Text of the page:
Eliza’s sister Angelica narrates their reconciliation, which is accomplished through Eliza’s forgiveness of Alexander. “There are moments that the words don’t reach,” sings Angelica, “There is a grace too powerful to name.” This is the unimaginable grace of forgiveness for those who do not deserve it. This is a grace that allows a relationship to exist in the face of unimaginable suffering and wrong.

Perhaps we can see easily enough how such forgiveness is a necessity at the level of personal friendships and even marriages. But does forgiveness have any role to play in secular, public, and cultural affairs? Can we think of forgiveness as a political reality?

If we make the effort, we immediately meet with an impediment. For if forgiveness has any corporate meaning for us at all, a society still sipping digestifs in the dusk of the long sunset of Christendom likely thinks of it—but only in a vague way—as little more than a relic of ecclesiastical procedure. This churchly association is no coincidence. Indeed, some political philosophers have looked to Jesus as the originator of our notions of forgiveness. In The Human Condition, Hannah Arendt remarks that “the discoverer of the role of forgiveness in the realm of human affairs was Jesus of Nazareth.” ...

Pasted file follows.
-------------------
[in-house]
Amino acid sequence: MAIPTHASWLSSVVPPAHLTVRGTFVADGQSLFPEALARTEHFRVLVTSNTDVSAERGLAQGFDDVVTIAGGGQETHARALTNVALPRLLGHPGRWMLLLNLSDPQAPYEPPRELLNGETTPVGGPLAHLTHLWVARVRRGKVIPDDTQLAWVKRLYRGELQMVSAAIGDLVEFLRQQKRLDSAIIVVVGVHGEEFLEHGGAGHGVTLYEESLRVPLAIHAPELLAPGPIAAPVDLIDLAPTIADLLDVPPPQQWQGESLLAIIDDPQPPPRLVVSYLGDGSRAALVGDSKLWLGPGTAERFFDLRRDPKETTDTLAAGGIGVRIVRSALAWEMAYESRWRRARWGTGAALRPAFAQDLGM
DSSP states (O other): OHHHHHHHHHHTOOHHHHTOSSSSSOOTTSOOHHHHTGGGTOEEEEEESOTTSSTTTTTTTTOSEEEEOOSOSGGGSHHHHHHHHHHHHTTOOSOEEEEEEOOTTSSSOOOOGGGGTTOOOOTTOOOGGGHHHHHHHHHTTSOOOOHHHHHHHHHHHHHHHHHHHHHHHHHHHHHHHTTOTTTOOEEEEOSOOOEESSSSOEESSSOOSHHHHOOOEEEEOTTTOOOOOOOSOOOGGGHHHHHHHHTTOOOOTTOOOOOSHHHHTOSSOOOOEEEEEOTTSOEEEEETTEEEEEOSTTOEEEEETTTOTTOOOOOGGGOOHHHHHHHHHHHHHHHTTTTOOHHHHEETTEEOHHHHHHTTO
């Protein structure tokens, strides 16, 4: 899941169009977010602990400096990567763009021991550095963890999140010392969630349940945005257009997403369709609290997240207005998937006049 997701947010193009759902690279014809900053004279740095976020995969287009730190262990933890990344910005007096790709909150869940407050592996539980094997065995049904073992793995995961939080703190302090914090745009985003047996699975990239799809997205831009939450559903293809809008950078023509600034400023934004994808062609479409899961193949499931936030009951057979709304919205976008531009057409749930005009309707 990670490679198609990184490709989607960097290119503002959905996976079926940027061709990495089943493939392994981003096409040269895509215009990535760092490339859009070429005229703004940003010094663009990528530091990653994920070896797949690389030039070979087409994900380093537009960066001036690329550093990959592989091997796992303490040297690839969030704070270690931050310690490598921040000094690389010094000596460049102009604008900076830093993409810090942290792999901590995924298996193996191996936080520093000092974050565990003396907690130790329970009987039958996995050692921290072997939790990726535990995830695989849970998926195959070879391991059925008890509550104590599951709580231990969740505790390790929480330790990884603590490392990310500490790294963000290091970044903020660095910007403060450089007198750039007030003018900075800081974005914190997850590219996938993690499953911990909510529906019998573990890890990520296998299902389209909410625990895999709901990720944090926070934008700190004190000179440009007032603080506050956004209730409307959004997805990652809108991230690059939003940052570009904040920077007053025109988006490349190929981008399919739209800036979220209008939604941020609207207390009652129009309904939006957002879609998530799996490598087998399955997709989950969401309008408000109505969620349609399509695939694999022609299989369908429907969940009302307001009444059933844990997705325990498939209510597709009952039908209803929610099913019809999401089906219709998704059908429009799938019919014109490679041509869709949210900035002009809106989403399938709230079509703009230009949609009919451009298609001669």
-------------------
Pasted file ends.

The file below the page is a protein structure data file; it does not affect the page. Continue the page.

Arendt expands on this idea later. “Forgiveness,” she says, “is the exact opposite of vengeance.” Why? Because forgiving:

is the only reaction which does not merely re-act but acts anew and unexpectedly, unconditioned by the act which provoked it and therefore freeing from its consequences both the one who forgives and the one who is forgiven. The freedom contained in Jesus’ teachings of forgiveness is the freedom from vengeance, which incloses both doer and sufferer in the relentless automatism of the action process, which by itself need never come to an end. ...

A society without forgiveness is like hell on earth. This is as true for societies on a smaller scale like marriage as it is for larger political communities. Marriages that last all have one thing in common: spouses that extend forgiveness to one another rather than withholding it. This kind of forgiveness is by no means the manifestation of a cheap grace. It is instead a grace, as Angelica Schuyler Hamilton describes it, “too powerful to name.” For Christians, forgiveness is only possible because of the costliest sacrifice imaginable.

As the political philosopher William B. Allen has noted, America itself is well understood as a “love story,” which includes “a moral commitment between the people and the government.” Forgiveness is the foundation of any true love story. Cancel culture necessarily ends either in self-immolation or in reeducation camps and gulags, creating its own kind of hellish existence—documented so powerfully by Solzhenitsyn. Forgiveness, by contrast, forges new beginnings and opens up new possibilities.

Or as that line from Hamilton wonders, “Forgiveness … can you imagine?” Life together, as it turns out, is actually unimaginable without it.

Hamilton Invites Us to Imagine the Power of Forgiveness: